On Groups, Networks and Collectives

Steven Downes’ post on the traits he sees that distinguish groups and networks drew a response from Scott Wilson who tried to create a different diagram and also pointed at this item where Jon Dron and Terry Anderson have been “developing a paper for ELearn in which we’ve been wrestling with the distinctions between three granularities of social software. In the process it has helped me to clarify Stephen Downe’s distinctions between groups and networks, the way that certain tools seem optimized for different levels of these granularities (for example blogs are better for networks than for groups) and it has helped us to create a rationale for use of collectives in formal education.” (There are several related posts off of the Anderson and Dron blogs.)

It got me thinking about some of these ideas, and the story from Xerox where the repair technicians were instructed to keep their two-way radios on so that they could listen to the chatter among their group as members went about distributed repair jobs. In effect the always on radios created a virtual water cooler that provided peer networking and support.

Within our office we have been talking about a dimension of annual reviews called “Attendance,” and spent a morning retreat thinking about how we wanted to define that term. The discussion sought to move away from “seat time” (which is probably the University’s original meaning) to ideas of “attending to” the needs of the group, the implications of one’s work on others, the implications of some external event on other aspects of the group.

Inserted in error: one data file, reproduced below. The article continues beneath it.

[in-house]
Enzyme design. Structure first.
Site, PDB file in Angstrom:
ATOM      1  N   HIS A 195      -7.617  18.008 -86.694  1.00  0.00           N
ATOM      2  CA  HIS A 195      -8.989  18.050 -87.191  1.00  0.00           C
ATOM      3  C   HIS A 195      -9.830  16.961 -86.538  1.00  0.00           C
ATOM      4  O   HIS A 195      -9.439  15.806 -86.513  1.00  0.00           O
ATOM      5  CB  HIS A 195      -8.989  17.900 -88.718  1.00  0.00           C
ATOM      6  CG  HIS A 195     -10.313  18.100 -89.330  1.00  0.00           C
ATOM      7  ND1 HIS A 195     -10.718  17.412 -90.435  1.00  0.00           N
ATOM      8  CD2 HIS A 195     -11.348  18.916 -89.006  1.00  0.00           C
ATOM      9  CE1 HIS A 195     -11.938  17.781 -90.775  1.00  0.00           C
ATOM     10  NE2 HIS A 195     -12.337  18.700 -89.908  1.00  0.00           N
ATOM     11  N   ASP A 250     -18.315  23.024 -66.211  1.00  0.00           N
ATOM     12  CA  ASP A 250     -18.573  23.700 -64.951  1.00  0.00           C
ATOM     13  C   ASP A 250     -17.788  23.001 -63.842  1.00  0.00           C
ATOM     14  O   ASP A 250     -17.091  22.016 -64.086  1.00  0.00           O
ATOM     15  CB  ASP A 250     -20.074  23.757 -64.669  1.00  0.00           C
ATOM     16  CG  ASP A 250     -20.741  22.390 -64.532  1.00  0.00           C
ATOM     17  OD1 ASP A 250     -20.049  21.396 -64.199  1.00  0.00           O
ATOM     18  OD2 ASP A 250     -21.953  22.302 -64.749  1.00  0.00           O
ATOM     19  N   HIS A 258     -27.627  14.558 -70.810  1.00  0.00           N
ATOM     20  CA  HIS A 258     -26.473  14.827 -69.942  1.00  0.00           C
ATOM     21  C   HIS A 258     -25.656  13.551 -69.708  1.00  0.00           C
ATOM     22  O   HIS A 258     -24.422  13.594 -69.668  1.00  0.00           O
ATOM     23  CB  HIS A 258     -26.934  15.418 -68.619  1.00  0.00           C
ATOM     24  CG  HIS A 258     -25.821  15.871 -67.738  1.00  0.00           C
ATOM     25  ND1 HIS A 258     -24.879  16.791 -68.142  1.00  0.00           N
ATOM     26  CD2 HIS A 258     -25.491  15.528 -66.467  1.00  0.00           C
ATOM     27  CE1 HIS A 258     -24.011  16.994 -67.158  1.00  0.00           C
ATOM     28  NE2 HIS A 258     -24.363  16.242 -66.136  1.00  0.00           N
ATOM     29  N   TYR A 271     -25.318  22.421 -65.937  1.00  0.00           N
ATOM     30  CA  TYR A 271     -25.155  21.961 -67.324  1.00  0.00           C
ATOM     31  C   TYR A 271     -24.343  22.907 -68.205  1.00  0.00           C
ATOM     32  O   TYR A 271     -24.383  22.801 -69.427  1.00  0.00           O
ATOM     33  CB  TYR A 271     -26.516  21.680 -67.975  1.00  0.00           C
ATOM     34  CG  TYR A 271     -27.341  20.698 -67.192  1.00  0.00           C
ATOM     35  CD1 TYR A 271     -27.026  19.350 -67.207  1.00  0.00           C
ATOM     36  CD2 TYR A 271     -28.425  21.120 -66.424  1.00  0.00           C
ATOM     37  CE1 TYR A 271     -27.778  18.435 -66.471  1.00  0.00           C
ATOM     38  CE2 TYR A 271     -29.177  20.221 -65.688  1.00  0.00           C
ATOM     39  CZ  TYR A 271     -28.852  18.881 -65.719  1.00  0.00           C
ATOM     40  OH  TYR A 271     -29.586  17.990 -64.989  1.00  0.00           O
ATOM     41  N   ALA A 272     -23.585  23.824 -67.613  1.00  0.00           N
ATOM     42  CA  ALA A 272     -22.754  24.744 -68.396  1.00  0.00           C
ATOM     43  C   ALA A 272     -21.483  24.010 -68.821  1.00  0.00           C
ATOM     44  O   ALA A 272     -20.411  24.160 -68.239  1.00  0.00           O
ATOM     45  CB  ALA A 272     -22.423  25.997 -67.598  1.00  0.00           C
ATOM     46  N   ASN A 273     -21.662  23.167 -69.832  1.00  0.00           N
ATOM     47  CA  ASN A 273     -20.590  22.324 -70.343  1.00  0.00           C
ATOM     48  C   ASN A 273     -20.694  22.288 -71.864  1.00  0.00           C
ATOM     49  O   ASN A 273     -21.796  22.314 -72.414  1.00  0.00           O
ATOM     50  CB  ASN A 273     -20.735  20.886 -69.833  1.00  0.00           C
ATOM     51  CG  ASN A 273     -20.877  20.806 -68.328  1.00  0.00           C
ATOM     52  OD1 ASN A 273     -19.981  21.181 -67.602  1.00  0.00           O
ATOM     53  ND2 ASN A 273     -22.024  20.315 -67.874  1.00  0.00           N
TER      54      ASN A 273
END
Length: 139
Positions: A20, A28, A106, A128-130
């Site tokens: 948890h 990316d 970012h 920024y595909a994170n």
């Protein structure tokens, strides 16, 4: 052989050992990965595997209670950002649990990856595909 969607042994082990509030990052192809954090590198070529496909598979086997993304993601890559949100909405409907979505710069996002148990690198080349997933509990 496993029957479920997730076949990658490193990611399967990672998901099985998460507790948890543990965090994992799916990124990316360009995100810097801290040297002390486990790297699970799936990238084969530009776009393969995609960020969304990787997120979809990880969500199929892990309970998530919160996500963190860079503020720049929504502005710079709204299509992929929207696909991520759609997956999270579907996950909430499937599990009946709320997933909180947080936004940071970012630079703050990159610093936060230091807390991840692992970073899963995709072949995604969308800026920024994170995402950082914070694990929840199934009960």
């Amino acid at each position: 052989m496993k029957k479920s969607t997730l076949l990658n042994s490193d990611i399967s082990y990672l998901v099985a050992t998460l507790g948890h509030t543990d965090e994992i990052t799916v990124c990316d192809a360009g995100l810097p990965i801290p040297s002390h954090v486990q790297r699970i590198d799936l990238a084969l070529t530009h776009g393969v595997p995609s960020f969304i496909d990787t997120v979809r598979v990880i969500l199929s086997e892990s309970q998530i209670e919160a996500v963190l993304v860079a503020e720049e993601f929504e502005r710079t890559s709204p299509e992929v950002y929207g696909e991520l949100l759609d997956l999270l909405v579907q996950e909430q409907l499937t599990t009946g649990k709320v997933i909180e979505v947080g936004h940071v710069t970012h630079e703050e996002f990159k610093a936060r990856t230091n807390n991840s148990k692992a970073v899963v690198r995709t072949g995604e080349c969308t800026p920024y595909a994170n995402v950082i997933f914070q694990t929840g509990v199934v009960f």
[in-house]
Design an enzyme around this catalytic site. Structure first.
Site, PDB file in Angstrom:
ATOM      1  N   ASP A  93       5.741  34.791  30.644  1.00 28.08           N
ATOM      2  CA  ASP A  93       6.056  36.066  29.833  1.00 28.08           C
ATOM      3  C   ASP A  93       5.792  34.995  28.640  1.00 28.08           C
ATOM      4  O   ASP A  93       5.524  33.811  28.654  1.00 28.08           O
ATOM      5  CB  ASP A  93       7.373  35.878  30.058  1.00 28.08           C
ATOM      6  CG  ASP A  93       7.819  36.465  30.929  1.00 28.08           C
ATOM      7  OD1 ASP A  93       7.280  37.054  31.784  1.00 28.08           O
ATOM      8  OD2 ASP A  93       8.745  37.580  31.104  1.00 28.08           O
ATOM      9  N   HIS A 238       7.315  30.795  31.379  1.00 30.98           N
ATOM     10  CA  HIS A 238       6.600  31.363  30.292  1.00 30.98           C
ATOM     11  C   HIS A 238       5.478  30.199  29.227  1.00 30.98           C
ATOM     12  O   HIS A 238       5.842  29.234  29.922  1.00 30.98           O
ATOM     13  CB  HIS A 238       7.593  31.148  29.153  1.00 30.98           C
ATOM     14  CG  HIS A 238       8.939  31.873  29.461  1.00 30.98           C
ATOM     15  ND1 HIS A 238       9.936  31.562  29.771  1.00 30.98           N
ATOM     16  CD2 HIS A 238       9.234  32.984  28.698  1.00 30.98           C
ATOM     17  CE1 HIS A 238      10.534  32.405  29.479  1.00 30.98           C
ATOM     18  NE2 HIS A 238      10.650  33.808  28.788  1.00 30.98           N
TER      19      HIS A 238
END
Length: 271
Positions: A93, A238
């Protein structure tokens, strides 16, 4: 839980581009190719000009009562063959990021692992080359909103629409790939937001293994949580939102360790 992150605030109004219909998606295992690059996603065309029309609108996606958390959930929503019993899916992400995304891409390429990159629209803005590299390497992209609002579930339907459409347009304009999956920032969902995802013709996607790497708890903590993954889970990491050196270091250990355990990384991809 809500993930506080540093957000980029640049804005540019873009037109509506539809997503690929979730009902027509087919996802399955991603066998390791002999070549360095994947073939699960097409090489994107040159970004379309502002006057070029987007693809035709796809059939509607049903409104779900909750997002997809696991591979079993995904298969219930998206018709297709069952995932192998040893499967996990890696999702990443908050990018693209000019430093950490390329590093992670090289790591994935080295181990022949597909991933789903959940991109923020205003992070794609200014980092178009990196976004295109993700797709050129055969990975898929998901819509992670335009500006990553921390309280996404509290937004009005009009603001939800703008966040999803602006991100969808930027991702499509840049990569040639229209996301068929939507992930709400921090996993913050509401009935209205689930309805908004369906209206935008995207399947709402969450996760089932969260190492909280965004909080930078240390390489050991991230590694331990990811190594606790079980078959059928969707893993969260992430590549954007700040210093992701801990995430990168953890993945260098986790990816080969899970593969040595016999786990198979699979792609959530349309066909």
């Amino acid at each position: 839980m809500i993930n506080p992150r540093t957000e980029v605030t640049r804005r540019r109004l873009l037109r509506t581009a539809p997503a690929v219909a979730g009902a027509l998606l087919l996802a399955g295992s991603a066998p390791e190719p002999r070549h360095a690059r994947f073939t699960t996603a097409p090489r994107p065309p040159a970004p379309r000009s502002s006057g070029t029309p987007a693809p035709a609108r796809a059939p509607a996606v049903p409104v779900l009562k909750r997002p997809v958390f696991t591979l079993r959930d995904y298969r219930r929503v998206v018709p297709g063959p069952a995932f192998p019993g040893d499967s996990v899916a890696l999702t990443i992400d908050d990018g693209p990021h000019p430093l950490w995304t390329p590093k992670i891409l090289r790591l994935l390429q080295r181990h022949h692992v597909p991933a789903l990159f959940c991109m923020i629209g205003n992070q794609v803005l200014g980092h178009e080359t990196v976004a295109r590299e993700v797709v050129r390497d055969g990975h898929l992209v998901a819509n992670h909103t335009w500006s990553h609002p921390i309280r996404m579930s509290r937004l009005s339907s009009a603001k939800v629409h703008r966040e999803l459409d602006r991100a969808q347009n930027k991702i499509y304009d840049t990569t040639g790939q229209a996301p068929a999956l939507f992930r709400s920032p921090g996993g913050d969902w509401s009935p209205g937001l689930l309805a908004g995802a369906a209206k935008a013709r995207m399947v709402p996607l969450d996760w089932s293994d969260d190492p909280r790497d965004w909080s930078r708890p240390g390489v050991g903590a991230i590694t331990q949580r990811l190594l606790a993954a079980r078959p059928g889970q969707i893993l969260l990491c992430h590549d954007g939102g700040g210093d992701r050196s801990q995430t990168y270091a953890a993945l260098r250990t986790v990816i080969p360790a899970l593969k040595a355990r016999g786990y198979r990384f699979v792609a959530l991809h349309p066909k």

I’m pondering how “attendance” as we are trying to use it attenuates as one moves out from group to network to collectives. We have another category “professional development” which we are extending from the original meaning (for oneself) to facilitating the development of members of the unit, peers at the institution and even wider circles. This also seems to attenuate as it moves out. Posting findings in del.icio.us, for example, might serve the collective. Pointing colleagues to specific del.icio.us results might simultaneously advance the more local group.

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